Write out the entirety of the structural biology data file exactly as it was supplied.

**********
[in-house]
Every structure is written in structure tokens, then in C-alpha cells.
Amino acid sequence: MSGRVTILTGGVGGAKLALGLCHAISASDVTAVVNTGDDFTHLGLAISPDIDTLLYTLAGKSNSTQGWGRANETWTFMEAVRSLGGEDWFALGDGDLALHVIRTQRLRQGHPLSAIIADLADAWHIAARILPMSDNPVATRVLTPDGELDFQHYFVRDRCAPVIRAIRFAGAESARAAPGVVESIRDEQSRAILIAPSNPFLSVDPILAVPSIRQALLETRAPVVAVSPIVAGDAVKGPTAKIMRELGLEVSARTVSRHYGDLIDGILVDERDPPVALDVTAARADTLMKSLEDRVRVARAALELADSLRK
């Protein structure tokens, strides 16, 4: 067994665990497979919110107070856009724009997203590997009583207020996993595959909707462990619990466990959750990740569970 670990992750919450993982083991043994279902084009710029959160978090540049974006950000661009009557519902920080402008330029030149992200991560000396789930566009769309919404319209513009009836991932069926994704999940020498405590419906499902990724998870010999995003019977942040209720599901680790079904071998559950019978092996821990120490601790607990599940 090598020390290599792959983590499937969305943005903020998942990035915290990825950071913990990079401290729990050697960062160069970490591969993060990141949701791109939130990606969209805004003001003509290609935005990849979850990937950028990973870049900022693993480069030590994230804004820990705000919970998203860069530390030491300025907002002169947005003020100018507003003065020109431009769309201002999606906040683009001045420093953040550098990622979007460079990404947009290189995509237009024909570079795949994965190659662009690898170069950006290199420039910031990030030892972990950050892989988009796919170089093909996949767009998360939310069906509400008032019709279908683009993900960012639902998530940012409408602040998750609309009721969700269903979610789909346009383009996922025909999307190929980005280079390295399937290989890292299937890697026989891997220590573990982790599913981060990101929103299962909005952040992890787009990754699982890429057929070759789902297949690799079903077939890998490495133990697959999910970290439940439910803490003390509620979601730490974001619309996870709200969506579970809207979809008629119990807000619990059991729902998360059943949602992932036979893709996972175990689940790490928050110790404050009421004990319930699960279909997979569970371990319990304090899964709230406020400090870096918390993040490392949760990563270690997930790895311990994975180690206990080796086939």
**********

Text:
[in-house]
Every structure is written in structure tokens, then in C-alpha cells.
Amino acid sequence: MSGRVTILTGGVGGAKLALGLCHAISASDVTAVVNTGDDFTHLGLAISPDIDTLLYTLAGKSNSTQGWGRANETWTFMEAVRSLGGEDWFALGDGDLALHVIRTQRLRQGHPLSAIIADLADAWHIAARILPMSDNPVATRVLTPDGELDFQHYFVRDRCAPVIRAIRFAGAESARAAPGVVESIRDEQSRAILIAPSNPFLSVDPILAVPSIRQALLETRAPVVAVSPIVAGDAVKGPTAKIMRELGLEVSARTVSRHYGDLIDGILVDERDPPVALDVTAARADTLMKSLEDRVRVARAALELADSLRK
């Protein structure tokens, strides 16, 4: 067994665990497979919110107070856009724009997203590997009583207020996993595959909707462990619990466990959750990740569970 670990992750919450993982083991043994279902084009710029959160978090540049974006950000661009009557519902920080402008330029030149992200991560000396789930566009769309919404319209513009009836991932069926994704999940020498405590419906499902990724998870010999995003019977942040209720599901680790079904071998559950019978092996821990120490601790607990599940 090598020390290599792959983590499937969305943005903020998942990035915290990825950071913990990079401290729990050697960062160069970490591969993060990141949701791109939130990606969209805004003001003509290609935005990849979850990937950028990973870049900022693993480069030590994230804004820990705000919970998203860069530390030491300025907002002169947005003020100018507003003065020109431009769309201002999606906040683009001045420093953040550098990622979007460079990404947009290189995509237009024909570079795949994965190659662009690898170069950006290199420039910031990030030892972990950050892989988009796919170089093909996949767009998360939310069906509400008032019709279908683009993900960012639902998530940012409408602040998750609309009721969700269903979610789909346009383009996922025909999307190929980005280079390295399937290989890292299937890697026989891997220590573990982790599913981060990101929103299962909005952040992890787009990754699982890429057929070759789902297949690799079903077939890998490495133990697959999910970290439940439910803490003390509620979601730490974001619309996870709200969506579970809207979809008629119990807000619990059991729902998360059943949602992932036979893709996972175990689940790490928050110790404050009421004990319930699960279909997979569970371990319990304090899964709230406020400090870096918390993040490392949760990563270690997930790895311990994975180690206990080796086939």